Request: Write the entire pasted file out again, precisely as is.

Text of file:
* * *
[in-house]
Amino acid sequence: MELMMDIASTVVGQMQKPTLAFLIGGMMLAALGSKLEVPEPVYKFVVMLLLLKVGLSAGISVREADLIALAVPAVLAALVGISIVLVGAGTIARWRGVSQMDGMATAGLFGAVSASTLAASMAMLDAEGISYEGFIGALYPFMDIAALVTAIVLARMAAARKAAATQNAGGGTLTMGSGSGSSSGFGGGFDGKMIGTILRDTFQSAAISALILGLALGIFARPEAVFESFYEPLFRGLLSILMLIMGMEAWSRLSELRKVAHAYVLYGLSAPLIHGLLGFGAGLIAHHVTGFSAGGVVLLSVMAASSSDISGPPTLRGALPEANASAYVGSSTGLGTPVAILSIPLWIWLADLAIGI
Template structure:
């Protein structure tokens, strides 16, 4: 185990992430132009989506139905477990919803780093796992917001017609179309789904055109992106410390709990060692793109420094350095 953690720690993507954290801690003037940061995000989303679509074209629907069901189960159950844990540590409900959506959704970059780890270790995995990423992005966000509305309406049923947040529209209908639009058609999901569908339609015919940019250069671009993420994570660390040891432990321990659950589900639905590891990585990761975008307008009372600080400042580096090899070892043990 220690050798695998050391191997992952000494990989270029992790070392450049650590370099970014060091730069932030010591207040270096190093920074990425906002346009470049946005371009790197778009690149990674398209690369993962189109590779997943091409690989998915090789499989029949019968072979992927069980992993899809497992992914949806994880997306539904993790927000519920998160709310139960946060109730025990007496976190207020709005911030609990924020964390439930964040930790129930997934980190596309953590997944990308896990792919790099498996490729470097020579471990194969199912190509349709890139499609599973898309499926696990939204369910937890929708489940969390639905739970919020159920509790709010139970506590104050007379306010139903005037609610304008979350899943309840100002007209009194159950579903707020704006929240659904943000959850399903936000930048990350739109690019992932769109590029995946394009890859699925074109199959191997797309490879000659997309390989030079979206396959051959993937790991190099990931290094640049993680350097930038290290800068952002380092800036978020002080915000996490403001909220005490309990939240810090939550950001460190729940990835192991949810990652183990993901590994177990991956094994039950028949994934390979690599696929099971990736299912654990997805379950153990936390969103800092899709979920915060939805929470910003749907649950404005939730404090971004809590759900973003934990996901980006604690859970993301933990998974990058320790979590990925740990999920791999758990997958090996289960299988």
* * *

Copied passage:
[in-house]
Amino acid sequence: MELMMDIASTVVGQMQKPTLAFLIGGMMLAALGSKLEVPEPVYKFVVMLLLLKVGLSAGISVREADLIALAVPAVLAALVGISIVLVGAGTIARWRGVSQMDGMATAGLFGAVSASTLAASMAMLDAEGISYEGFIGALYPFMDIAALVTAIVLARMAAARKAAATQNAGGGTLTMGSGSGSSSGFGGGFDGKMIGTILRDTFQSAAISALILGLALGIFARPEAVFESFYEPLFRGLLSILMLIMGMEAWSRLSELRKVAHAYVLYGLSAPLIHGLLGFGAGLIAHHVTGFSAGGVVLLSVMAASSSDISGPPTLRGALPEANASAYVGSSTGLGTPVAILSIPLWIWLADLAIGI
Template structure:
């Protein structure tokens, strides 16, 4: 185990992430132009989506139905477990919803780093796992917001017609179309789904055109992106410390709990060692793109420094350095 953690720690993507954290801690003037940061995000989303679509074209629907069901189960159950844990540590409900959506959704970059780890270790995995990423992005966000509305309406049923947040529209209908639009058609999901569908339609015919940019250069671009993420994570660390040891432990321990659950589900639905590891990585990761975008307008009372600080400042580096090899070892043990 220690050798695998050391191997992952000494990989270029992790070392450049650590370099970014060091730069932030010591207040270096190093920074990425906002346009470049946005371009790197778009690149990674398209690369993962189109590779997943091409690989998915090789499989029949019968072979992927069980992993899809497992992914949806994880997306539904993790927000519920998160709310139960946060109730025990007496976190207020709005911030609990924020964390439930964040930790129930997934980190596309953590997944990308896990792919790099498996490729470097020579471990194969199912190509349709890139499609599973898309499926696990939204369910937890929708489940969390639905739970919020159920509790709010139970506590104050007379306010139903005037609610304008979350899943309840100002007209009194159950579903707020704006929240659904943000959850399903936000930048990350739109690019992932769109590029995946394009890859699925074109199959191997797309490879000659997309390989030079979206396959051959993937790991190099990931290094640049993680350097930038290290800068952002380092800036978020002080915000996490403001909220005490309990939240810090939550950001460190729940990835192991949810990652183990993901590994177990991956094994039950028949994934390979690599696929099971990736299912654990997805379950153990936390969103800092899709979920915060939805929470910003749907649950404005939730404090971004809590759900973003934990996901980006604690859970993301933990998974990058320790979590990925740990999920791999758990997958090996289960299988």